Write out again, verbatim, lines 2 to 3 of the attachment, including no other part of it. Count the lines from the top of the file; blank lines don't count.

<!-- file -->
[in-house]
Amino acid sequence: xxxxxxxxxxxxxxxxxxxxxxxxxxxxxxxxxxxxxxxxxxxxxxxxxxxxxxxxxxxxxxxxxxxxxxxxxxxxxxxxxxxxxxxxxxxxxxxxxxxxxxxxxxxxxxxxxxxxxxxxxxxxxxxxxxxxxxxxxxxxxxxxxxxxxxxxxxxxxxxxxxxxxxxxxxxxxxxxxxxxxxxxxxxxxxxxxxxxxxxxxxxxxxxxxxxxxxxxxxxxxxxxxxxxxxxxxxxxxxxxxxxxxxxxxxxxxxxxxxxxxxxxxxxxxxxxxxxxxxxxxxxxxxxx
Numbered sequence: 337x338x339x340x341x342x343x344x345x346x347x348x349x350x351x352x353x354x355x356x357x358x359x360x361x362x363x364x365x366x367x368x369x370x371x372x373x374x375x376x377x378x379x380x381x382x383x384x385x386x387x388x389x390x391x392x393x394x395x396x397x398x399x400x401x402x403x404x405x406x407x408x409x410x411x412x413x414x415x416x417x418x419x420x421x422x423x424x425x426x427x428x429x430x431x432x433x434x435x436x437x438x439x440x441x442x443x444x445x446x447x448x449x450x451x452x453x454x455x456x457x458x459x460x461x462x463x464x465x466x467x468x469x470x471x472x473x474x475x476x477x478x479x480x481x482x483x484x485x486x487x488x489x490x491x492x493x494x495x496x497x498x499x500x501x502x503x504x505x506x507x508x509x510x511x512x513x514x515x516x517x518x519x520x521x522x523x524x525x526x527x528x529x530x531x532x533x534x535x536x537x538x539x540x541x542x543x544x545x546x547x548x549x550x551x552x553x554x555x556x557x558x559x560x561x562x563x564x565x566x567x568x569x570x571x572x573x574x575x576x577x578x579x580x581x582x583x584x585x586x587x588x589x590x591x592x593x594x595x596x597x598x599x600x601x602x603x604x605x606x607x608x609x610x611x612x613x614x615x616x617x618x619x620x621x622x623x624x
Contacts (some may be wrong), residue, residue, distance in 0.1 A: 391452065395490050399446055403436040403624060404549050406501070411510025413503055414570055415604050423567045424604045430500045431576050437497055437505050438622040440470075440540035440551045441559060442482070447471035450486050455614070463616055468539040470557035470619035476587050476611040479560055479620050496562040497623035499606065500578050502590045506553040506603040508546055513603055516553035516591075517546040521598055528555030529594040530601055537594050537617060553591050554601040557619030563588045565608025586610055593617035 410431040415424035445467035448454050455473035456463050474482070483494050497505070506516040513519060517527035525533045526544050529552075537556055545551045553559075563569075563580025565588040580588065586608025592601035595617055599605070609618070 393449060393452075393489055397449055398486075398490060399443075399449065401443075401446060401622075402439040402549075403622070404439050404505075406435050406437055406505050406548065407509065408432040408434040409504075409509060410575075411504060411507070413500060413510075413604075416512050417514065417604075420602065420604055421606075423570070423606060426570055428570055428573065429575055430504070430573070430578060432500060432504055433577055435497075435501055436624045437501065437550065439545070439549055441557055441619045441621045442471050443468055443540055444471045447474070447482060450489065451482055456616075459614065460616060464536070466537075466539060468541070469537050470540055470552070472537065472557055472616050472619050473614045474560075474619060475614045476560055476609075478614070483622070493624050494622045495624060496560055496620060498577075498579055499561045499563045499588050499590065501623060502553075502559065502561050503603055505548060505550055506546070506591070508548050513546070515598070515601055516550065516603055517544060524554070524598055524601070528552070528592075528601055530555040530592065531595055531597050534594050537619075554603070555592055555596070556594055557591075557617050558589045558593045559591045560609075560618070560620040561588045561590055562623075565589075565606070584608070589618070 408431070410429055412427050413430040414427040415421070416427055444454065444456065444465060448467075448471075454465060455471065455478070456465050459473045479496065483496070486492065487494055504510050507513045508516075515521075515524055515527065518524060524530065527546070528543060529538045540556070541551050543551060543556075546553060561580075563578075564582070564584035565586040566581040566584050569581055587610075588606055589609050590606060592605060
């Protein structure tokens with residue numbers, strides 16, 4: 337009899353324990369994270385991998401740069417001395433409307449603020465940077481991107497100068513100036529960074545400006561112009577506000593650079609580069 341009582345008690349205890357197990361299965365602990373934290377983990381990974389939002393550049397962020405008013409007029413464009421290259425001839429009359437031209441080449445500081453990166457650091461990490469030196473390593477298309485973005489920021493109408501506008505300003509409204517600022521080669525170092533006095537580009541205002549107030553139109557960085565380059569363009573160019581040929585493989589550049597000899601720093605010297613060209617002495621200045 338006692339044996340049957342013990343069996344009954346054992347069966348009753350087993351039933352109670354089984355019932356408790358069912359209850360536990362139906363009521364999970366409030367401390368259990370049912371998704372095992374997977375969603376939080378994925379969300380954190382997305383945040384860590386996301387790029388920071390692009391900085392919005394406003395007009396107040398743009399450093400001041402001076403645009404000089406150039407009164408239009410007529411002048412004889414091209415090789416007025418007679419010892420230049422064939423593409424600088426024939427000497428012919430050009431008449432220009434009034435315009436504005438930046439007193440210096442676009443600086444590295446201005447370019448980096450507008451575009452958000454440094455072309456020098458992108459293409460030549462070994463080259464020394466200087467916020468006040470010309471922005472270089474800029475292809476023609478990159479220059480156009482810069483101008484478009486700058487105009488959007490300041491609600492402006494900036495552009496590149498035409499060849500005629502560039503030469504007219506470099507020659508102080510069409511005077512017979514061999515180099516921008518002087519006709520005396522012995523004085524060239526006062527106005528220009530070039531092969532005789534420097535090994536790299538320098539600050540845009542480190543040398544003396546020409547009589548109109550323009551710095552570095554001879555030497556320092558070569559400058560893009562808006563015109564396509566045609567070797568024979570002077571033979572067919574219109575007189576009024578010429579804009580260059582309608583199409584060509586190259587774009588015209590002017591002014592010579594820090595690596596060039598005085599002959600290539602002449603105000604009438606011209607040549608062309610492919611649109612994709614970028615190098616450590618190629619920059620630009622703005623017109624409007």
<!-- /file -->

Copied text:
Amino acid sequence: xxxxxxxxxxxxxxxxxxxxxxxxxxxxxxxxxxxxxxxxxxxxxxxxxxxxxxxxxxxxxxxxxxxxxxxxxxxxxxxxxxxxxxxxxxxxxxxxxxxxxxxxxxxxxxxxxxxxxxxxxxxxxxxxxxxxxxxxxxxxxxxxxxxxxxxxxxxxxxxxxxxxxxxxxxxxxxxxxxxxxxxxxxxxxxxxxxxxxxxxxxxxxxxxxxxxxxxxxxxxxxxxxxxxxxxxxxxxxxxxxxxxxxxxxxxxxxxxxxxxxxxxxxxxxxxxxxxxxxxxxxxxxxxx
Numbered sequence: 337x338x339x340x341x342x343x344x345x346x347x348x349x350x351x352x353x354x355x356x357x358x359x360x361x362x363x364x365x366x367x368x369x370x371x372x373x374x375x376x377x378x379x380x381x382x383x384x385x386x387x388x389x390x391x392x393x394x395x396x397x398x399x400x401x402x403x404x405x406x407x408x409x410x411x412x413x414x415x416x417x418x419x420x421x422x423x424x425x426x427x428x429x430x431x432x433x434x435x436x437x438x439x440x441x442x443x444x445x446x447x448x449x450x451x452x453x454x455x456x457x458x459x460x461x462x463x464x465x466x467x468x469x470x471x472x473x474x475x476x477x478x479x480x481x482x483x484x485x486x487x488x489x490x491x492x493x494x495x496x497x498x499x500x501x502x503x504x505x506x507x508x509x510x511x512x513x514x515x516x517x518x519x520x521x522x523x524x525x526x527x528x529x530x531x532x533x534x535x536x537x538x539x540x541x542x543x544x545x546x547x548x549x550x551x552x553x554x555x556x557x558x559x560x561x562x563x564x565x566x567x568x569x570x571x572x573x574x575x576x577x578x579x580x581x582x583x584x585x586x587x588x589x590x591x592x593x594x595x596x597x598x599x600x601x602x603x604x605x606x607x608x609x610x611x612x613x614x615x616x617x618x619x620x621x622x623x624x